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The Colts Influence




This Weeks Game

Colts VS Steelers

Pre Game Preview     Recap    Game Notes    Quotes

26 VS 7




















November 28, 2005
Monday Night Football
Pittsburgh at Indianapolis
9:00 PM

When the Colts were 7-0, some of you were thinking. "Man, these guys are awesome!"  While all of you non Colts Fans were saying, "You guys aint so tuff, you haven't played any real teams with talent."  True. They'd beaten the dregs of the league. They'd smacked down offenses led by the likes of Trent Dilfer and David Carr. They'd feasted on teams that now have a 23-47 record.

Then on October 17, a Monday Night Football Colts VS Rams. A thrashing 45-28 victory!

Now you non Colts Fans are saying it was a fluke.

So the Indianapolis Colts went to "Razor Stadium" in Foxborough, Mass. on another Monday night and dismantled the 2 time defending Super Bowl champions, Patriots.

Was that enough? 

Then came the wildest scoring game in NFL history with a 45-34 victory at Cincinnati, the Colts 10th straight win.

The evidence continued to mount Monday night in a frenzied RCA Dome as The Colts shoved aside another formidable challenger.

It was a game many thought would give the Colts trouble because of Pittsburgh's physicality, but Indianapolis came out punching and never let up on ABC's prime-time stage.

Each of Pittsburgh's previous three losses came on the last play of the game; two were in overtime. Not this time.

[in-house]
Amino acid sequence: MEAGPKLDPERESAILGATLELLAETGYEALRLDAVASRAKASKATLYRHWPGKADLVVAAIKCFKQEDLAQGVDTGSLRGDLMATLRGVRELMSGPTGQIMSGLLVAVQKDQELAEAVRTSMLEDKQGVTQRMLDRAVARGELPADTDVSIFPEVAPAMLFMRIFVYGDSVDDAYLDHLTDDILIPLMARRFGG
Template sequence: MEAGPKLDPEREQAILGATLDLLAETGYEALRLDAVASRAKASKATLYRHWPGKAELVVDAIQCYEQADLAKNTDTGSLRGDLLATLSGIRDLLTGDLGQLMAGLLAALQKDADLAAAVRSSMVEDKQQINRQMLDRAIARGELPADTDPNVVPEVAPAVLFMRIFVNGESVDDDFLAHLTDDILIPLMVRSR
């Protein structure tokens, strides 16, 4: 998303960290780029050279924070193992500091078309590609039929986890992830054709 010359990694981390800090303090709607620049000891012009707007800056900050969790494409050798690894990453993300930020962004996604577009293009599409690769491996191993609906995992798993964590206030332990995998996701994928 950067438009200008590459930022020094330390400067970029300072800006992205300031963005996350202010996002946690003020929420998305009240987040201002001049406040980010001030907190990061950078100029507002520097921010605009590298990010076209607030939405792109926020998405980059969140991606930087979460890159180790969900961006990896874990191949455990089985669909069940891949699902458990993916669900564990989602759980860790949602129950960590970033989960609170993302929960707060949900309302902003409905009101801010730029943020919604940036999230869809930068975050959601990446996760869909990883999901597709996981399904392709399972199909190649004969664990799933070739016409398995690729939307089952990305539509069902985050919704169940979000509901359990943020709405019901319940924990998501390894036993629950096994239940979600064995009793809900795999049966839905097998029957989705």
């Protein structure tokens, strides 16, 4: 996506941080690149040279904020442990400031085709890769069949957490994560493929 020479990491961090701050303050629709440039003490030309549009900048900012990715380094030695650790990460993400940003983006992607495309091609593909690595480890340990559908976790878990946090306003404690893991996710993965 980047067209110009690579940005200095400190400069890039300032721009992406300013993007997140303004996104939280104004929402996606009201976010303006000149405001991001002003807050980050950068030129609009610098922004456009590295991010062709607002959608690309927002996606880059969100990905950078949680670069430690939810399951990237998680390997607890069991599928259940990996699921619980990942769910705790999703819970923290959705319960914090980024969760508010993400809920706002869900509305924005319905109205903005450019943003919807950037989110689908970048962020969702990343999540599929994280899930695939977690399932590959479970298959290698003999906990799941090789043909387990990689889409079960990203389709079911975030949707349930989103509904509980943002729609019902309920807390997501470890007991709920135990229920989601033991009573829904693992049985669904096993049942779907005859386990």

The Steelers, considered the standard for physical football, flinched, and fell hard 26-7.

Pittsburgh punted, punted and punted. Pittsburgh's attempt to control the tempo with its running game was thwarted by the Colts' front seven.

The Colts defense used the entire 60 minutes to abuse and shut down the Steelers.

If not for Polamalu's interception, Pittsburgh wouldn't have been in the game at all.

Despite the return of quarterback Ben Roethlisberger, who missed the past three games after undergoing arthroscopic knee surgery, the Steelers managed only 197 yards, including just 86 on 25 rushing attempts.

The Colts defense got to Roethlisberger for three sacks by Josh Thomas, Robert Mathis and Montae Reagor and received interceptions from safety Mike Doss and cornerback Jason David.

"We heard so much about it was going to be a physical game and how physical these guys were," Coach Tony Dungy said. "I think we wanted to prove we were going to play physical and tough and not back down."

The Colts' third convincing win on "Monday Night Football'' this season enabled them to become just the 11th team in the 86-year history of the NFL to open a season 11-0. They can join the 1998 Denver Broncos, '85 and '34 Chicago Bears and '72 Miami Dolphins as the only teams to start 12-0 by handling AFC South rival Tennessee on Sunday afternoon in the RCA Dome.

"Now we've kind of put the AFC North in position where we're ahead of them.